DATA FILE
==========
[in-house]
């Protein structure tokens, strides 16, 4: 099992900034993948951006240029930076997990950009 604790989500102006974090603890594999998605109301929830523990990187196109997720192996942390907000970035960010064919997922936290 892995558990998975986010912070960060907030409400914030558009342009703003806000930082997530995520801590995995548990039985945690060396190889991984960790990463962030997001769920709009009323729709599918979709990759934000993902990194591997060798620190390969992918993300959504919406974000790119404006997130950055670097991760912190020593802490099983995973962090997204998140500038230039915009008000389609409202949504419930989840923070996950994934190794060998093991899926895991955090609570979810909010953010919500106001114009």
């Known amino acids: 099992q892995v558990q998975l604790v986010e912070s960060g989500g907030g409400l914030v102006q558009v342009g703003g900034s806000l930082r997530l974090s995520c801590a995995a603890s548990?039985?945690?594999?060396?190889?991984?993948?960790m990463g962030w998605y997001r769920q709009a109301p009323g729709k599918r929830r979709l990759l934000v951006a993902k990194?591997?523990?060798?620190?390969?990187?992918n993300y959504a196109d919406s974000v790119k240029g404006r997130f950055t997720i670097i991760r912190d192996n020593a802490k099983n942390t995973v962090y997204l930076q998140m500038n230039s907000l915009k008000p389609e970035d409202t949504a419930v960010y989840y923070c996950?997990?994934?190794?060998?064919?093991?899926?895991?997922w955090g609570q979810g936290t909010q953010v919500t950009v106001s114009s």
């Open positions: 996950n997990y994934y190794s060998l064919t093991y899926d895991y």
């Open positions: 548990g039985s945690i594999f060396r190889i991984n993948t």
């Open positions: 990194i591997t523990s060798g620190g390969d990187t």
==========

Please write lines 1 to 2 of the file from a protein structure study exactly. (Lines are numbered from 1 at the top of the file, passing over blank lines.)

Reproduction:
[in-house]
């Protein structure tokens, strides 16, 4: 099992900034993948951006240029930076997990950009 604790989500102006974090603890594999998605109301929830523990990187196109997720192996942390907000970035960010064919997922936290 892995558990998975986010912070960060907030409400914030558009342009703003806000930082997530995520801590995995548990039985945690060396190889991984960790990463962030997001769920709009009323729709599918979709990759934000993902990194591997060798620190390969992918993300959504919406974000790119404006997130950055670097991760912190020593802490099983995973962090997204998140500038230039915009008000389609409202949504419930989840923070996950994934190794060998093991899926895991955090609570979810909010953010919500106001114009």